To analyze the short-term (up to 1 month) clinical outcomes in patients undergoing corneal laser refractive surgery and the impact on dry eye disease (DED) metrics and corneal nerves using in vivo confocal microscopy (IVCM).
The unaided distance visual acuity, corrected distance visual acuity, and spherical equivalent refraction (SEQ) were determined in 16 and 13 patients undergoing FS-LASIK and SMILE, respectively. DED metrics assessed were Ocular Surface Disease Index, Dry Eye Questionnaire 5-items (DEQ-5), tear film osmolarity, tear meniscus height, noninvasive keratograph breakup time (NIKBUT), ocular staining, and meibomian gland atrophy. An automated analysis of corneal nerve fiber density, corneal nerve branch density, corneal nerve fiber length (CNFL), and corneal nerve fiber fractal dimension were obtained from the IVCM scans using ACCMetrics software (University of Manchester).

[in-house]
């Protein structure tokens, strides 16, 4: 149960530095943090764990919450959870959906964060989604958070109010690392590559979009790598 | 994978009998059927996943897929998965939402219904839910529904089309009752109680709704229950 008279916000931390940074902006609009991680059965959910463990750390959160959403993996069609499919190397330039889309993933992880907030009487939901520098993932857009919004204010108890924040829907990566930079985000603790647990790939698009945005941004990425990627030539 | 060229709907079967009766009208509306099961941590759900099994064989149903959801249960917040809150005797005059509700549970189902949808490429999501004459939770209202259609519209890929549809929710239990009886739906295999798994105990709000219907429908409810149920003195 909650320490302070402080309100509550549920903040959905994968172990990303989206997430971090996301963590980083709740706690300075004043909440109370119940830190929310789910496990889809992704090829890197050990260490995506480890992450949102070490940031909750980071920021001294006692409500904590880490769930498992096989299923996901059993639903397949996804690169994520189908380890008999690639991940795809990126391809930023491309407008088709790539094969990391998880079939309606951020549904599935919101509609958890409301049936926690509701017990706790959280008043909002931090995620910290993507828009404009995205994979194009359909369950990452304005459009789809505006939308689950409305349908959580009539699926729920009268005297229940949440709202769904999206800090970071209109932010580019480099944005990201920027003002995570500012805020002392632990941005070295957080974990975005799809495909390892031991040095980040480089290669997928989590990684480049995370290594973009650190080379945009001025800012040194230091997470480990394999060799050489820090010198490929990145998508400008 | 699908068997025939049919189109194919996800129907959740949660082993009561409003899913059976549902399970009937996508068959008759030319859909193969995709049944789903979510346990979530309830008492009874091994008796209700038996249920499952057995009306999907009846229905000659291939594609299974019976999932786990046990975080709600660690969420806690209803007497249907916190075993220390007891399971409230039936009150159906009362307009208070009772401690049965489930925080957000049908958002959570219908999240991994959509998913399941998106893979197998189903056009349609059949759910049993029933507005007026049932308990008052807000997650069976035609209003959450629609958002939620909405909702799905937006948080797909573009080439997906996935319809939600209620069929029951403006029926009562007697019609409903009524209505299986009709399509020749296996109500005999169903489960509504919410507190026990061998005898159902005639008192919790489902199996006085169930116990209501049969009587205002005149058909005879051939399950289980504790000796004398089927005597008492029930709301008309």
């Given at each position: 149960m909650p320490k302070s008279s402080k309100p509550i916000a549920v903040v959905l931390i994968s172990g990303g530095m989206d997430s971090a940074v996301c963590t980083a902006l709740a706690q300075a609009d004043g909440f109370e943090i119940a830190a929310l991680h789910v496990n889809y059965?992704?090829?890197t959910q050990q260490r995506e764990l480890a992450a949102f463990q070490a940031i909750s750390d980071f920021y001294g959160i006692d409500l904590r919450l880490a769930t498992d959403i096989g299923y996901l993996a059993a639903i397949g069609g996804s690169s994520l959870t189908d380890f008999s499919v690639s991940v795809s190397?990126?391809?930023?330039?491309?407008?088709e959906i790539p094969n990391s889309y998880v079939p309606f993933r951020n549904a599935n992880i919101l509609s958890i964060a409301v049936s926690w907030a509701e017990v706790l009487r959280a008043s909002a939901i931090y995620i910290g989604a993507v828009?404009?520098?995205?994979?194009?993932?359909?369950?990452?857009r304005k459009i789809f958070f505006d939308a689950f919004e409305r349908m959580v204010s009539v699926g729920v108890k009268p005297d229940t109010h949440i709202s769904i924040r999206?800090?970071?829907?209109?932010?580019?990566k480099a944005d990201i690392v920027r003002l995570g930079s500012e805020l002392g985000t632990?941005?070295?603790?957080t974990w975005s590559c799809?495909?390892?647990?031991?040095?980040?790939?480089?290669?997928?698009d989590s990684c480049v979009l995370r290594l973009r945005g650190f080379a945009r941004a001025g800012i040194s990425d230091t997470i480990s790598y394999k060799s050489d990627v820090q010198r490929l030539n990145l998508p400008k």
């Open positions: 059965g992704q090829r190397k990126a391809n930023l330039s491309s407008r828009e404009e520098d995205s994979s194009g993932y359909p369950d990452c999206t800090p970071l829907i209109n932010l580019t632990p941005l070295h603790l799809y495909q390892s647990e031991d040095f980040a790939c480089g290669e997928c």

Both surgical techniques provided good refractive and visual outcomes. DED symptoms were found to be higher after FS-LASIK compared with SMILE (P < 0.05). A decrease in tear meniscus height (∼31%) and NIKBUT (∼40%) was reported after FS-LASIK (P = 0.005 and P = 0.001, respectively) but not after SMILE. Both procedures affected corneal nerve fiber density, corneal nerve branch density, CNFL, and corneal nerve fiber fractal dimension, but the impact was significantly greater with FS-LASIK (P = 0.001). Only CNFL correlated with the reported symptoms (DEQ-5) after FS-LASIK (r = −0.545, P = 0.029).
FS-LASIK and SMILE provided good refractive and visual outcomes. There was an increased impact on DED symptoms after FS-LASIK compared with SMILE, although there were no significant differences between the procedures for most of the other ocular surface metrics assessed. The IVCM findings showed that SMILE had less impact on corneal nerves compared with FS-LASIK.